This delightful action comedy featuring international favourite Alexander Fu Sheng premiered two years before the American hit Ghostbusters was released. Is it a coincidence? You be the judge as you enjoy this amazing showcase of wushu and wizardry.
Linda Lin Dai struggles with The Blue forces of freedom, love, the sea and the sky, and The Black, the bottomless pit of evil. Lin’s poignant performance is memorable, however, it is that of newcomer Angela Yu Chien, who was named Best Supporting Actress. Part I ends with a literal cliffhanger, setting the stage for the equally memorable Part II.
Dai Tian Chou practices martial arts since young so he can avenge his father’s death. He meets Wu Xiao Yan who is disguised as a man one day and is suddenly beaten by a group of gangsters. Wu begs her father to allow her to take Dai back home to recover. Little does Dai know this is his chance to take revenge.
The lovely Li Hsiang-chun stars as a poor beauty who has been drugged, ravished, lied to, locked in a burning store room, left to drown, and chased by sword-wielding ruffians. Her only hope is her betrayer's new wife, played by the strong and sensual Ivy Ling Po. Dawn may come, but the question is: will it be too late?
An Iron Bodyguard (head of a security firm) called Wang Wu (Chen Kuan Tai) meets a scholar (Yueh Hua) and forms a strong friendship with him after fighting some villains together. The scholar is a member of the reformists – a group of scholars pressing for social reform in China towards the end of the Qing dynasty. The Emperor is actually all for reforms, and appoints this group to run the country. This doesn’t suit the Empress Dowager though, as she has no intention of losing her power. She orders the reformists to be arrested, and Wang Wu gets drawn into
the politics despite having no real political views himself.
The crazy bumpkin returns in a sequel for more bittersweet laughs and heart-wrenching misfortune, as his true love becomes the wife of an abusive husband and his uncle further exploits his naïve nature.
It all started with THE FIVE VENOMS, the internationally loved kung-fu thriller which introduced director Chang Cheh's recurring cast of martial arts masters. It continued through more than a dozen high-flying, bloody good entertainments featuring the same action actors in pairs, trios, quartets, and, most memorably, quintets. While this is considered the last official "Venoms" movie, what a film it is. The title does not lie: an evil prince has secreted stolen imperial treasures in a building that practically bristles with booby-trapped blades. Bodies are pierced, limbs are cut off, and there's one plasma-spurting attack after another as heroes and rogues alike try to solve the secrets of the hell house. The core Venoms themselves choreograph the gory fun in this fond farewell to their worldwide film series sensation.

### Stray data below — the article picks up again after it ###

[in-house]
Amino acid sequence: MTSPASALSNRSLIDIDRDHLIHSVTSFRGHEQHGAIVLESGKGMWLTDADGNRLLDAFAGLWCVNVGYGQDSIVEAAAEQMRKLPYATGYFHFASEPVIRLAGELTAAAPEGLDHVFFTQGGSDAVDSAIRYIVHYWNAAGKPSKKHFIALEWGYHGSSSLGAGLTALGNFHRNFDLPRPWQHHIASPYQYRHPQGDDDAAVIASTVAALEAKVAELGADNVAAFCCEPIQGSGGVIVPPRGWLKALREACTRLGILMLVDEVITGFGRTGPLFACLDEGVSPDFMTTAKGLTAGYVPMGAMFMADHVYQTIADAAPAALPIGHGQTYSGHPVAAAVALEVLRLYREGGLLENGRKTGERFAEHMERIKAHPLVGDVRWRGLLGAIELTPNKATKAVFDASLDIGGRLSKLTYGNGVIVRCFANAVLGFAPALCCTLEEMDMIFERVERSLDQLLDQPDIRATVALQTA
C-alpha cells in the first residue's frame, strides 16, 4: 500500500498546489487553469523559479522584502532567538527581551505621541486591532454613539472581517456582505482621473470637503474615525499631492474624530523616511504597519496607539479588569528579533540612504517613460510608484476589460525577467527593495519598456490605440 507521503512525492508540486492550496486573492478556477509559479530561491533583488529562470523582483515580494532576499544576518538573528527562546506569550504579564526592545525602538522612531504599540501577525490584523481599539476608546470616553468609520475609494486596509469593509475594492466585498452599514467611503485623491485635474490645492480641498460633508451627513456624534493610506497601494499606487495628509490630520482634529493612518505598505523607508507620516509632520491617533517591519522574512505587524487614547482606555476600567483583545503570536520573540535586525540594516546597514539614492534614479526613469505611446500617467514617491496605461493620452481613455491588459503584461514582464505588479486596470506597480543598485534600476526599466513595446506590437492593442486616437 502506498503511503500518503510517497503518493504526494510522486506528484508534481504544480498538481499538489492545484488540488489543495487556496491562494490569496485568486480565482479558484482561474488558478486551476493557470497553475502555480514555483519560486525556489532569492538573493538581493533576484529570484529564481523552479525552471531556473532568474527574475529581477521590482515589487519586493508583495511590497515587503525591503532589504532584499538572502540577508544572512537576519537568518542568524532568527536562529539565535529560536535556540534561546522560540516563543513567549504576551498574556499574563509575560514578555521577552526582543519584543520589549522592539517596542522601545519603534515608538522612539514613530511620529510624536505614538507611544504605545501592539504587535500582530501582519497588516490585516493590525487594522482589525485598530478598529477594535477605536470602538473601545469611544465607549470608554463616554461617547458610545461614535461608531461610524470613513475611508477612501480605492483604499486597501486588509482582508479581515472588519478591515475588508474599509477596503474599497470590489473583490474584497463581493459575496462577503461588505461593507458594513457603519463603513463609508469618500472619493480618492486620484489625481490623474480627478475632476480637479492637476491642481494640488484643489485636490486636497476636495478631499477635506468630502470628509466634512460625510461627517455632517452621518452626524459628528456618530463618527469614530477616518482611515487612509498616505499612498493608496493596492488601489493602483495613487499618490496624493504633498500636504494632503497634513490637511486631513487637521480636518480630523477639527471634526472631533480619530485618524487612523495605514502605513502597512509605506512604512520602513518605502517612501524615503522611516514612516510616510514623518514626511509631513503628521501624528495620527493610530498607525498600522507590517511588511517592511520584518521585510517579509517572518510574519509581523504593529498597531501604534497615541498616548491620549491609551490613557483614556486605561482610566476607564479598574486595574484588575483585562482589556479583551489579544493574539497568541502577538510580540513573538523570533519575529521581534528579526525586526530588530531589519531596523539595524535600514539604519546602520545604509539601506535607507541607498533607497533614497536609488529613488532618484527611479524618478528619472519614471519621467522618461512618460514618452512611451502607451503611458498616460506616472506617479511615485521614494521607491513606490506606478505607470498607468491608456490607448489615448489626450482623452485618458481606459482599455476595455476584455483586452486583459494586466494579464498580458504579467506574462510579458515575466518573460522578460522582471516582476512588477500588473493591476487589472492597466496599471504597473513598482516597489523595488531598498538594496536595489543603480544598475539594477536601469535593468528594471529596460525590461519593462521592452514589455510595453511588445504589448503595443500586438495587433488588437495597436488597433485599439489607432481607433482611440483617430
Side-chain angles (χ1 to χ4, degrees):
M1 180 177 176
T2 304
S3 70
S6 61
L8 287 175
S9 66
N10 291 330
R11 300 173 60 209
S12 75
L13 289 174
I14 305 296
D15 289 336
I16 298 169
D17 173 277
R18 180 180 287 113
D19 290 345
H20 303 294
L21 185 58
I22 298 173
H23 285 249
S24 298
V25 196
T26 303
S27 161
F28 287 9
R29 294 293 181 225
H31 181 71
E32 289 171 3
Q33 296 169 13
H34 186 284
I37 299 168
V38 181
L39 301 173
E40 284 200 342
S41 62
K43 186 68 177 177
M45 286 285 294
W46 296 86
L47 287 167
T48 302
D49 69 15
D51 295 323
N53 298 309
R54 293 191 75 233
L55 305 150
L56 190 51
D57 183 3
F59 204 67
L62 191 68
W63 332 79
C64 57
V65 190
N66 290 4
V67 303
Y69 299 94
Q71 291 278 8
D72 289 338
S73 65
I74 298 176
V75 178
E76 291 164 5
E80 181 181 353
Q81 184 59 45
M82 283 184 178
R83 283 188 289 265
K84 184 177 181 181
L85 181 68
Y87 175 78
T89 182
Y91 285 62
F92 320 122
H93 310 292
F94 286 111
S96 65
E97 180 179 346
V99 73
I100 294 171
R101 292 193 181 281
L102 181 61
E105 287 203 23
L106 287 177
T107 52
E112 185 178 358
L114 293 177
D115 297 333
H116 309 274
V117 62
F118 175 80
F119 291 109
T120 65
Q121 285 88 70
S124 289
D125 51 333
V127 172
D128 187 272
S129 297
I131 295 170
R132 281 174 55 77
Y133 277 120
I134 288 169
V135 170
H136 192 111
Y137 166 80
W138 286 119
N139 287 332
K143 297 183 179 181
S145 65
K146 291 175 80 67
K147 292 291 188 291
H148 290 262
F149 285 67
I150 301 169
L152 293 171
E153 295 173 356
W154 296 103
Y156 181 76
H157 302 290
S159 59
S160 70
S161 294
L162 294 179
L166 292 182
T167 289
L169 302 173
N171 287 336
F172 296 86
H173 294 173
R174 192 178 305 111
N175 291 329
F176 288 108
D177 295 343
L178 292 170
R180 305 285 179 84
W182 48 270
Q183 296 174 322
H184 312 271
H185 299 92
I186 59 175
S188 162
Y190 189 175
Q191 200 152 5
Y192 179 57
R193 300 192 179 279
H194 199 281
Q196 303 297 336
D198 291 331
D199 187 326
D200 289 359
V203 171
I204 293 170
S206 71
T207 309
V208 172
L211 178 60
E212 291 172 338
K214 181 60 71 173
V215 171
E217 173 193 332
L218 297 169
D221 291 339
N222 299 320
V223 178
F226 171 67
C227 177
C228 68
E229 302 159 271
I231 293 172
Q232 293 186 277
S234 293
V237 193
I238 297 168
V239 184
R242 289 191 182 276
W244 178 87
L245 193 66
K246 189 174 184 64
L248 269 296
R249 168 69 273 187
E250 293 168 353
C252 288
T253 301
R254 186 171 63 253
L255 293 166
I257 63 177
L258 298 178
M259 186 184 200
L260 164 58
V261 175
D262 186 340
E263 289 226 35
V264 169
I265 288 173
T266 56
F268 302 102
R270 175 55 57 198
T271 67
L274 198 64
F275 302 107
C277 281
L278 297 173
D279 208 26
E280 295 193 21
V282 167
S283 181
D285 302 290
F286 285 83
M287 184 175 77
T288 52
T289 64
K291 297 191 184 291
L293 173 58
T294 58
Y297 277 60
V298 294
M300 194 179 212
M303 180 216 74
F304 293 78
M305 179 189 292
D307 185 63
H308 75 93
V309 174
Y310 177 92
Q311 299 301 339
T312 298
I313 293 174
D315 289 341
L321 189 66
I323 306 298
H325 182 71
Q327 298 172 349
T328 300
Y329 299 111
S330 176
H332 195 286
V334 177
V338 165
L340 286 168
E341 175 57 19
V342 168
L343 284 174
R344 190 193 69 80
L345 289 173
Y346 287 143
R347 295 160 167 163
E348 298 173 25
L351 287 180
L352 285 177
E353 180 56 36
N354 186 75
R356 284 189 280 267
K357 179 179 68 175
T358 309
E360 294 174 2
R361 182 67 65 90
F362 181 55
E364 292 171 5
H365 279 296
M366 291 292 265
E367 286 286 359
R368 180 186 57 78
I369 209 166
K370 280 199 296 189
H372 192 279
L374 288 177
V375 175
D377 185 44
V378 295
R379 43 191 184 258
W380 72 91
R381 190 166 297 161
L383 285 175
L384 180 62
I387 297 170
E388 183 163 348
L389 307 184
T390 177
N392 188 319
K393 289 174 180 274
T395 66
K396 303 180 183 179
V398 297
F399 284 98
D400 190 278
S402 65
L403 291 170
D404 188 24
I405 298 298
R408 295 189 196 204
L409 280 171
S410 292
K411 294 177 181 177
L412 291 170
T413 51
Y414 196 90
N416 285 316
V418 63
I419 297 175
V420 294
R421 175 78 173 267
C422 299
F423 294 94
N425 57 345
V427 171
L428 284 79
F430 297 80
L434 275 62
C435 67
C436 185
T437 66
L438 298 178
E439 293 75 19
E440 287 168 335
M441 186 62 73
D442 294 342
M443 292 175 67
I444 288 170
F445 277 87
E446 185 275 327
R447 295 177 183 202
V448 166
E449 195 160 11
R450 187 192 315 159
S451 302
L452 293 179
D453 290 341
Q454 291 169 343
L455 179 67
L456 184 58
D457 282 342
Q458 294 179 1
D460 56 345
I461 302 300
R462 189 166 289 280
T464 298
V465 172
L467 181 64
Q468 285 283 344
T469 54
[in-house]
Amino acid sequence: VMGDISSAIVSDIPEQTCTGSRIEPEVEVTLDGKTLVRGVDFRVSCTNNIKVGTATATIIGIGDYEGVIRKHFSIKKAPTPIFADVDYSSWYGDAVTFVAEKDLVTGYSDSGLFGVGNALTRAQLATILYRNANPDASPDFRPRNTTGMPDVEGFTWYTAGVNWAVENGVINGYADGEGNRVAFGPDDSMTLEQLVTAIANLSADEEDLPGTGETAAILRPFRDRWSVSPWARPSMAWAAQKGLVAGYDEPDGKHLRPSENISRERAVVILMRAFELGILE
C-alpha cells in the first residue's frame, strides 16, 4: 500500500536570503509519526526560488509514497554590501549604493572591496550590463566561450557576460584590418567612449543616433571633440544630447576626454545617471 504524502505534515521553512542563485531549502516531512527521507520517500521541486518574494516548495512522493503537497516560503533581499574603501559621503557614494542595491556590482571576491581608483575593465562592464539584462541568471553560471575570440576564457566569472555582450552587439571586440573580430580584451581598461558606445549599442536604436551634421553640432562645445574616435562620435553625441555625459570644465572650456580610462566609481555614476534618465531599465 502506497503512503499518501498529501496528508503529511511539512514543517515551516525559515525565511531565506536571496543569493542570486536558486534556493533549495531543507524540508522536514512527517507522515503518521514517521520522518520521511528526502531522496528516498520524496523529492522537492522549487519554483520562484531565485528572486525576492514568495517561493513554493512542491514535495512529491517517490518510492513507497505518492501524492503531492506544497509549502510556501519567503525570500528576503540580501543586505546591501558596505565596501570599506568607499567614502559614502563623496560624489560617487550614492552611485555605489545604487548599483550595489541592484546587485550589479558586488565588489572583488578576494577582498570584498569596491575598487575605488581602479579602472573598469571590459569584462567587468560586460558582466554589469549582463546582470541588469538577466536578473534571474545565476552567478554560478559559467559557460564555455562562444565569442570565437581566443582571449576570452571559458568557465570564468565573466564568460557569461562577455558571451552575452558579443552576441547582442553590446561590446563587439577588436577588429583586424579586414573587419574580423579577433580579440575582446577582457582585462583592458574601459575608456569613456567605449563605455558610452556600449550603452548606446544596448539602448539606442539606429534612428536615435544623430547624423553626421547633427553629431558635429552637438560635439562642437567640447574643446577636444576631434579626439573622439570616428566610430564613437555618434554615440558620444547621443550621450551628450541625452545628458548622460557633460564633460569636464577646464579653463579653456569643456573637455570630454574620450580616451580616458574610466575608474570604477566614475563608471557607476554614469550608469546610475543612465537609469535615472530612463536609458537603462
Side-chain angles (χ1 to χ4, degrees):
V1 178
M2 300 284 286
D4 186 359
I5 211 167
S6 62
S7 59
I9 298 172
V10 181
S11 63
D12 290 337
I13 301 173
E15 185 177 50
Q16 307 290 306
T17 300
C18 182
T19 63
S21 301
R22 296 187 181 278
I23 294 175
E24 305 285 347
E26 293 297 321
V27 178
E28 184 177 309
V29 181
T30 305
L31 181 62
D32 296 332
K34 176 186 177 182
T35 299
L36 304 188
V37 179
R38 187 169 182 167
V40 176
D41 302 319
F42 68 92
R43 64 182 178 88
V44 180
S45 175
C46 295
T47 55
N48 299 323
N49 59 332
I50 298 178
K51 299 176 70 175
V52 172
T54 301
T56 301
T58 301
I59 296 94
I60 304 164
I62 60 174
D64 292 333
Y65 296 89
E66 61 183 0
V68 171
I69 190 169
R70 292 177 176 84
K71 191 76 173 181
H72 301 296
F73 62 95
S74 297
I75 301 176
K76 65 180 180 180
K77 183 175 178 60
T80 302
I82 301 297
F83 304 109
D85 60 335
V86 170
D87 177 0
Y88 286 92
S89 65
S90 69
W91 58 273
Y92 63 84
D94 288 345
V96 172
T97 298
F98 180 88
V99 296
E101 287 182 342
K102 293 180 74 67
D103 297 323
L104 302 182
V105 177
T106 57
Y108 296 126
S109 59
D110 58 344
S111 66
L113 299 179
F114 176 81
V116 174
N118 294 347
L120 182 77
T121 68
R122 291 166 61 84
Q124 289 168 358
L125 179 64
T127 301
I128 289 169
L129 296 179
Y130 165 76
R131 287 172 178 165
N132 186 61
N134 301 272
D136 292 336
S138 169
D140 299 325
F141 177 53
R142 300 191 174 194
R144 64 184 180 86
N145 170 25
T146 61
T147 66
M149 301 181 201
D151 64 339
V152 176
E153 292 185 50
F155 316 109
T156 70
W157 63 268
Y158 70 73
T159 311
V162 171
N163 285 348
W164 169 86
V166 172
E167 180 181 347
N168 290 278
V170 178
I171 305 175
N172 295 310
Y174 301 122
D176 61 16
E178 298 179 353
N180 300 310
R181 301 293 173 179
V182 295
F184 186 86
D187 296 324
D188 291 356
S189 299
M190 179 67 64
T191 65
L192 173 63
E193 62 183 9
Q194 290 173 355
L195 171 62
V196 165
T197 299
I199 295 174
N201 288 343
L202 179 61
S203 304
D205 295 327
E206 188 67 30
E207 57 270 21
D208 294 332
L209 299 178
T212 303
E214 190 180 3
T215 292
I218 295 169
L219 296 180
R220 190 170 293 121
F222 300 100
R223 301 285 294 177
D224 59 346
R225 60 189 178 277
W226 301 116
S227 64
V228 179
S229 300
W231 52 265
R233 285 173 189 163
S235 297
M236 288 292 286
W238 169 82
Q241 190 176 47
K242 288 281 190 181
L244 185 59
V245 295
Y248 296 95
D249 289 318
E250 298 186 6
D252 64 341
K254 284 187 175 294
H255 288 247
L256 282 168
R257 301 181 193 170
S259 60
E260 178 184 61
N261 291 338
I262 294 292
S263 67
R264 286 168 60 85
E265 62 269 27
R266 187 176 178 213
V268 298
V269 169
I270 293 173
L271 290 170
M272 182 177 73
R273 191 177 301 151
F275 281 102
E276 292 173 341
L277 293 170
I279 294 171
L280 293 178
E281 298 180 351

Lu Feng, Wang Li, Lung Hien-Chiang, Chien Hsiao-Hou
Li attempts to make a fortune at the horse-racing tracks, but is subsequently entangled with loan sharks. Li becomes debt-laden while his sons are harassed by debt collectors, when more heart-wrenching events begin to unfold.
Lau Chong-yan, Huang Kun-hsuan, Cheng Pak-lam, Ng Man-tat
When Shaw Studio decided to produce an epic about the famous Italian explorer Marco Polo and his meeting with Mongolian emperor Kublai Khan, they turned to one of their most famous and respected directors. Chang Cheh, who had already proven himself by making such sweeping sagas as ALL MEN ARE BROTHERS, co-wrote this adventure of four Han blood brothers and their quest to avenge their comrade's killing at the hands of three sadistic Mongol warriors. He then surrounded famed Caucasian actor Richard Harrison (as Marco Polo) with the best the Shaw Brothers kung-fu film units had to offer, including future lead "Venom" Kuo Chue, "Master Killer" Gordon Liu Chia-hui, and "Thundering Mantis" Liang Chia-jen. The result is a splendid historical tale as well as a superlative martial arts thriller.
After moving to Hong Kong from China, illegal immigrant Mang (Cherie Chung) has no choice but to live in cramped quarters with male migrant workers who take advantage of her. In order to attain the chance for Hong Kong residency and a better life, she agrees to marry a lonely old carpenter (Kwan Hoi-shan). Soon after settling into her new life, Mang crosses paths again with Kong (Alex Man), a Thai-Chinese boxer, and the two develop a passionate affair.
Water Clan Chief is severely wounded by a samurai killer shortly before the annual duel at Tai Lake. He sends his brother Bao Yu on a long journey to find an antidote for him. On the way, Bao Yu encounters Little Princess and falls in love with her, not knowing that she is hiding a secret plot…
Young doctor Lin Wei-tu found that many of his patients were suffering from strange symptoms caused by black magic of the wicked Lo Lieh, who has helped a rich young man to win the love of a beautiful woman for a lucrative reward. However, the woman was nothing but the illusion of a dead old lady. The young rich man was killed soon after he unveiled the truth. Lin's friend Ti Lung was reluctant to believe there was such a thing as the black magic, and his wife Tanny Tien Ni offered to be a guinea-pig. Lo then played a lethal magic on Tanny Tien Ni, who would die within 24 hours...Written by Hong Kong's science fiction guru Ni Kuang and directed by veteran Ho Meng-hua, the breath-taking BLACK MAGIC 2 is a rare modern horror starring Ti Lung, who has a long-standing reputation for his heroic roles in masculine martial-arts movies.
Ti Lung, Tanny Tien Ni, Lily Li, Lo Lieh, Lin Wei-tu